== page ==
Kaydeen Williams: Keeping the entrepreneurial fire burning
Twenty-five-year-old Kaydeen Williams, who hails from St Catherine, has transformed her passion for African heritage into an entrepreneurial pursuit.
In January 2021, she started out by making bags but the small business has since evolved into designing and manufacturing fashionable dresses, shirts, robes, aprons and swimwear, among other items.
“At African Kouture Ja, we offer high-quality and ethically made African-inspired fashion. We offer a wide range of modern African print clothing for men, women, and children,” she told The Gleaner.
Williams said it was important for her to become an entrepreneur, as a means of developing financial independence.
In the past, she has offered graphic designing and social media management services on a small scale. She recalled that while studying at the Caribbean Maritime University between 2016 and 2020, she embraced her uniqueness and no longer desired to blend in.
“I found my individuality through clothing and that helped me stand out from the crowd. Fashion became my form of self-expression and empowerment and that’s where my love for community and African culture blossomed,” she explained.
She said she recognised there was a gap in the Jamaican market for well-made African print wear that was affordable and readily available.
“Although I didn’t have a background in design, I felt a deep desire to fill that void for myself and others,” she shared with The Gleaner.
Williams offers customised clothing items while some pieces are pre-made and available for purchase.
In the initial stages, items were sewn in Jamaica but a lack of time and resources forced her to explore another option.
Today, all her seamstresses are located in Africa and she also sources every piece of fabric from Nigeria and Ghana.
“I manage a part of my business from Nigeria and Ghana also, to facilitate my overseas customers. It really is not feasible to ship to Jamaica and then back to the US or Canada,” she said, adding that it results in a shorter turnaround time.
Williams explained that with Jamaica’s long history of close cultural and spiritual ties to Africa, finding customers has not been challenging.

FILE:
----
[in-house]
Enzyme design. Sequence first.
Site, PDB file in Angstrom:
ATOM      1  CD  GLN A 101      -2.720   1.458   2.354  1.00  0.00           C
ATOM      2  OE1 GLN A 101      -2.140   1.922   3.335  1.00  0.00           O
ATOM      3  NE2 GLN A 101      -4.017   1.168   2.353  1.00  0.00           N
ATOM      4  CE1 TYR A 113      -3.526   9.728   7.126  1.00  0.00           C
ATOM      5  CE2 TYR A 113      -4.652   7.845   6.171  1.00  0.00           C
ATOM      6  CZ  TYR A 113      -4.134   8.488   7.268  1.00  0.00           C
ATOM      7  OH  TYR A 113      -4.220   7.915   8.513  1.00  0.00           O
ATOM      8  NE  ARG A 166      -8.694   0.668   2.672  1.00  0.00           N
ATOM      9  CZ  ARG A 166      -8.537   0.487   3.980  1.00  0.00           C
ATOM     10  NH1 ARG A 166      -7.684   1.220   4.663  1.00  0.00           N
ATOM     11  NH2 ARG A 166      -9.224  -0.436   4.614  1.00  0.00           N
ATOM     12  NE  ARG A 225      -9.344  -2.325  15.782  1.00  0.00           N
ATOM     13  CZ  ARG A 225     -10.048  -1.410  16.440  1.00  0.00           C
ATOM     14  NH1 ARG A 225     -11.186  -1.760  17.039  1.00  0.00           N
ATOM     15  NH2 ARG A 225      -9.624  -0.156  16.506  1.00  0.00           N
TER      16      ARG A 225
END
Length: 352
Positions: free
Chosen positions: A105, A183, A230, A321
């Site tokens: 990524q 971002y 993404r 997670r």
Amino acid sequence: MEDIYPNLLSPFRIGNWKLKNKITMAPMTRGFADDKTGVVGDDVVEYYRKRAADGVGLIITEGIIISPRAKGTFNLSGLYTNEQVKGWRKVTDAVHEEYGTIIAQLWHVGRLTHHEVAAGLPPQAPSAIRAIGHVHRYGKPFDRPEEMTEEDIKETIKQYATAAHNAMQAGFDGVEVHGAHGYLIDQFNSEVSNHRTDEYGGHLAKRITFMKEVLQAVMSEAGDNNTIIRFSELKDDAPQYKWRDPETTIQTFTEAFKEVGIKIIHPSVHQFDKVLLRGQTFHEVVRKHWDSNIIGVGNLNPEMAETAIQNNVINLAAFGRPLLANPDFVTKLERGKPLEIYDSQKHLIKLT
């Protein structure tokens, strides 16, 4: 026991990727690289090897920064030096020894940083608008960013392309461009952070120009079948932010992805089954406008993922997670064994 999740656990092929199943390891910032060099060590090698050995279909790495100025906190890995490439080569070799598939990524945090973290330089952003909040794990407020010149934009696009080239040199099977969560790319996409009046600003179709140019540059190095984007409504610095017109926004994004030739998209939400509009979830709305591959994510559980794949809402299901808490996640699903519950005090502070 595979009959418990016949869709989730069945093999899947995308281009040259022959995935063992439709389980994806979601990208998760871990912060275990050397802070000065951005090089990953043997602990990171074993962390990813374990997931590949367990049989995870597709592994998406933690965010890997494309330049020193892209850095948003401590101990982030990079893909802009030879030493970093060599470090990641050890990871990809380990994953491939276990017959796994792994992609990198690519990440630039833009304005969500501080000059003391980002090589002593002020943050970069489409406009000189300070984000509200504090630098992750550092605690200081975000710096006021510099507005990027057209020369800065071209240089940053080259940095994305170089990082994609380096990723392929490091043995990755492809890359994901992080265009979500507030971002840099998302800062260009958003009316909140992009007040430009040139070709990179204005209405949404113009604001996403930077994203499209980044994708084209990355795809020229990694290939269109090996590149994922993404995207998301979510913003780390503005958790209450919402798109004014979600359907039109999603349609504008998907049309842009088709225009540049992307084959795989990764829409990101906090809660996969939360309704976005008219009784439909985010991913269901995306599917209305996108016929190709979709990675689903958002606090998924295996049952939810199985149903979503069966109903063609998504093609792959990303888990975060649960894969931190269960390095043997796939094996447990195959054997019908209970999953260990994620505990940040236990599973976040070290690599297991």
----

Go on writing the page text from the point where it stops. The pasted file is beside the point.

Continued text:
“I started the business not just to sell items but to educate individuals. Each fabric is designed uniquely and has a representation of something – the colours mean something,” she said, referencing a print that was developed to represent the lockdowns induced by the COVID-19 pandemic.
Her parents and brother are integral in the running of the small business. They assist with processing orders, making deliveries and taking calls and messages.
With a full-time job as a marketing and accounting officer, Williams admitted that the balancing act is not always easy, but she sets aside time each day to focus on an area of the business that needs improvement or to brainstorm ideas for expansion.
“When I’m going out, I’m always wearing African print. People are always intrigued by what I wear and they stop me on the road, and that gives me an opportunity to tell them about my business and give them a card. Months later, some of those people actually make an order,” she said.
Williams said she is always thinking of ways to expand her small business and is currently experimenting with car accessories – steering wheel and car seat covers.
In the short term, her goals are to bring greater appreciation of African textiles in Jamaica and to provide clothing that align with the themes of holidays celebrated in Jamaica.
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